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Student Spotlight

Ryne Parrish

 

 

A bit about me

 

I’ve just started my seventh year at ACU—3 years in undergrad and going on 4 as a grad student. I married my high school sweetheart Sarah two years ago, and we’ve since grown our family with the addition of two pups, Luna and Rizzo. I am currently the preaching minister at Blanket Church of Christ. As far as my committee members are concerned, I spend all of my free time working on my thesis. But besides that, I love hanging out with Sarah, mostly doing things like watching movies, cooking fun meals and desserts, going on walks (to burn off all the calories from the meals and desserts!), and gardening. I’m also a big sports fan—if my schedule allowed it I’d watch some sporting event literally every day (but alas, grad school). Sarah’s not big on watching sports, but we do enjoy being active together—we’ve recently taken up tennis, which is a blast. I try to get her out on the basketball court too, but she beat me in H.O.R.S.E the last time we played and she likes resting on those laurels, if you will. Speaking of basketball, Joel mentioned in his student spotlight our intramural basketball team from last semester. I think Joel was the leading scorer on that team, so if he’s up for it I’m definitely game to revive the Sons of Thunder and give it another go this season.

 

 

What brought me here

 

I’m in the MDiv and the MA in New Testament. A lot of things came together to bring me to ACU and to these degree paths. My home church had been calling me to ministry for several years when in high school I finally decided I should listen. My sister was at ACU at the time, so the bit of familiarity I had with the school through her led me to apply here. At the time I truly had no idea how good of a decision I was making. My undergraduate experience at ACU was wonderful, and it was during that time that an understanding of my ministerial vocation began to form. As I was immersed in the academic study of the Bible, it’s languages, and Christian history, I was drawn to the idea of making a career out of this. Combined with my love for teaching, it made perfect sense for me to pursue graduate studies with the goal of eventually becoming a seminary professor. Which is why I’m in the programs I’m working on finishing now. I was advised that the MDiv would give me a broad base of knowledge to build on, and that an MA would give me the specificity needed to engage in serious scholarly research. My time in the GST, I think, has proven this to be accurate.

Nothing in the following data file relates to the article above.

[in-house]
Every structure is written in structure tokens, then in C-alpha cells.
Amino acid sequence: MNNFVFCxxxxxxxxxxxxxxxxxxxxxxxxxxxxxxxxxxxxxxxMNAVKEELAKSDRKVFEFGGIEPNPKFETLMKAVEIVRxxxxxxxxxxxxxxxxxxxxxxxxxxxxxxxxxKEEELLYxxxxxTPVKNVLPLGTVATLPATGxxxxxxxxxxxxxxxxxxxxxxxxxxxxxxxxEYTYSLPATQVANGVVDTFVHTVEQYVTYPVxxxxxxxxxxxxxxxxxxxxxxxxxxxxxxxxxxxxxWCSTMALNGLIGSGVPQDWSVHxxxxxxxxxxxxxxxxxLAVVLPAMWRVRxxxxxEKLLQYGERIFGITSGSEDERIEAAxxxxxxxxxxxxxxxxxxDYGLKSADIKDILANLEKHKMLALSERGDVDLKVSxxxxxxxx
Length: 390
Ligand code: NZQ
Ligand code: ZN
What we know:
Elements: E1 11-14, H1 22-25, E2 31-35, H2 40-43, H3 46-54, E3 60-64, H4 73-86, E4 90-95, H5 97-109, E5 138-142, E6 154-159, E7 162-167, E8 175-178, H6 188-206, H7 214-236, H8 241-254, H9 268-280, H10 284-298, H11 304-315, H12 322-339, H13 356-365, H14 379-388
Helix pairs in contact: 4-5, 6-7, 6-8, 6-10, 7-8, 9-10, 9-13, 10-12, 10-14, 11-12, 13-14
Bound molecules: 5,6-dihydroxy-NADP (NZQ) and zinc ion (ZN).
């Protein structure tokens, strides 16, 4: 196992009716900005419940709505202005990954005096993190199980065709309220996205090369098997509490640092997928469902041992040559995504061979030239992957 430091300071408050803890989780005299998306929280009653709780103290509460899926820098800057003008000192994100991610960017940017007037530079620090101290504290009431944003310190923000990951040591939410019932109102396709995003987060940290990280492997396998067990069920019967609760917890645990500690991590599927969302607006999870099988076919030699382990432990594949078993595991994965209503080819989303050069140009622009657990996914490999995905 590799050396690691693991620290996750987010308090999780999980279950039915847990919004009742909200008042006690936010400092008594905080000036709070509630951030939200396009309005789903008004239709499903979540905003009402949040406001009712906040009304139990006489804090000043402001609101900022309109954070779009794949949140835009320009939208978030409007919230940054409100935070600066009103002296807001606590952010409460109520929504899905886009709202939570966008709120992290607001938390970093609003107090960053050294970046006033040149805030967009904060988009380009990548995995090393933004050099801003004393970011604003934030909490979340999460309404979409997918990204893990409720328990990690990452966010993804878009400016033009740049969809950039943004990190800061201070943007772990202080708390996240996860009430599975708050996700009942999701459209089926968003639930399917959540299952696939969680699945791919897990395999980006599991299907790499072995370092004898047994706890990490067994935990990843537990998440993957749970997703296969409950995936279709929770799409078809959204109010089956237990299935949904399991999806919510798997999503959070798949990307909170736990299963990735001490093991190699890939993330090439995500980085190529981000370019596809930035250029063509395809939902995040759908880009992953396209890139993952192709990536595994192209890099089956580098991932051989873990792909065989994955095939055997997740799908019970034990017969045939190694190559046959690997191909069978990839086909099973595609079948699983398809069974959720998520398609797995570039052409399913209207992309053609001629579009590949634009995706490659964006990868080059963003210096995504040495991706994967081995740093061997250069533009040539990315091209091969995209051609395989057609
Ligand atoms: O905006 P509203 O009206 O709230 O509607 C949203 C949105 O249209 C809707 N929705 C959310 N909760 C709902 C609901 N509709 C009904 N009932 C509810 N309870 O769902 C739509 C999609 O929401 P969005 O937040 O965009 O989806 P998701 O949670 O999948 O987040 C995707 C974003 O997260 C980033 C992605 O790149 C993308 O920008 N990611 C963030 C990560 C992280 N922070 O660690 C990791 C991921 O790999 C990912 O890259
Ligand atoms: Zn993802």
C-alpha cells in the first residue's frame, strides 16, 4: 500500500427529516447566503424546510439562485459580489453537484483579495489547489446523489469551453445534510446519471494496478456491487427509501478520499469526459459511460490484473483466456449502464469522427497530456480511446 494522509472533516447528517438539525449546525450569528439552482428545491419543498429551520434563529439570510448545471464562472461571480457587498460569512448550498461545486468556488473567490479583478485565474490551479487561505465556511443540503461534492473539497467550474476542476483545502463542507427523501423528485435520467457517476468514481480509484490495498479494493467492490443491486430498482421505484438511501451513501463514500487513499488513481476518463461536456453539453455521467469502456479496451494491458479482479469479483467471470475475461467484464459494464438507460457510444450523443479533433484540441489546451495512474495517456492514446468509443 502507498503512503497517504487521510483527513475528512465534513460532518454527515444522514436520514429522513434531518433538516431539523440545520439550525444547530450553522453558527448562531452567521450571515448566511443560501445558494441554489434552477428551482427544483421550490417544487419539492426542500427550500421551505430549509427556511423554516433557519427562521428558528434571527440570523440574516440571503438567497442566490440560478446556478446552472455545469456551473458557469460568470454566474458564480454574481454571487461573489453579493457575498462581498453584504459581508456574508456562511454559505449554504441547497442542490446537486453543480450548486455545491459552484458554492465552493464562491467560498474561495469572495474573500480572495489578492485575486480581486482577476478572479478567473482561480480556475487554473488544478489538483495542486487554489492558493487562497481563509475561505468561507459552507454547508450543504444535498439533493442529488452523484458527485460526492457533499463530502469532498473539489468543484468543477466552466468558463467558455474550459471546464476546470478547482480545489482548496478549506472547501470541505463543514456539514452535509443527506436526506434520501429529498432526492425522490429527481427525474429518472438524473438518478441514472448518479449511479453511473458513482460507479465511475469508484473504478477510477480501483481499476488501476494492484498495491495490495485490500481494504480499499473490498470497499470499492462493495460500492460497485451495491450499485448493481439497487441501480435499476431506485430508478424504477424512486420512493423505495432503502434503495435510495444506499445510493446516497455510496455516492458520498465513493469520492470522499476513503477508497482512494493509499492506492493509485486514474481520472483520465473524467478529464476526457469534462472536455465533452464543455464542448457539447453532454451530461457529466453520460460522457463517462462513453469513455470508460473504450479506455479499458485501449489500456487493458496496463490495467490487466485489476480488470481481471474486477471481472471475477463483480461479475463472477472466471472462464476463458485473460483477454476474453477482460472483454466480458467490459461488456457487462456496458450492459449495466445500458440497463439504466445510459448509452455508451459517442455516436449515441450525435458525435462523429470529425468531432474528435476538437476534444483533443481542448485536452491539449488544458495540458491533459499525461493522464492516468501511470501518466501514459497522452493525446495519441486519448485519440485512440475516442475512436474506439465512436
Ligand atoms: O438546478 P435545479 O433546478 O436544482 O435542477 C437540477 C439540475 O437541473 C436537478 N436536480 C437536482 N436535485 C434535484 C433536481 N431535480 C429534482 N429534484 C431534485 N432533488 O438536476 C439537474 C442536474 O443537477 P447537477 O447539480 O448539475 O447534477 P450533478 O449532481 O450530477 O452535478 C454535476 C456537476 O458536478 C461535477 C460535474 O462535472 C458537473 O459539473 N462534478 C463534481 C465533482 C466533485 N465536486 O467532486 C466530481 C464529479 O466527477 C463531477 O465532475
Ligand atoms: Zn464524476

My specific area of interest now is nothing at all like I would have imagined it when I entered the GST. I came in to my programs knowing two things for sure: I loved the New Testament, and I loved studying Paul’s letters. So naturally, I figured Pauline studies would be the route I’d take. But the more I got into it, the more daunted I became at the prospect of trying to contribute to the body of scholarly knowledge on Paul and his letters. It seemed I could spend a whole lifetime just getting my hands around the literature, much less saying something new about it! But at the same time, I took up an interest in Eastern Christianity. It began with a language course in Syriac that I took just for fun, but I quickly realized that here was a whole new world (to me) in which my interest in the New Testament and Paul could really flourish. So now I’m studying Syriac translations of the Pauline literature, and am interested in studying more broadly the way Syriac Christians read and interpreted the New Testament.

 

 

Most valuable thing I’ve learned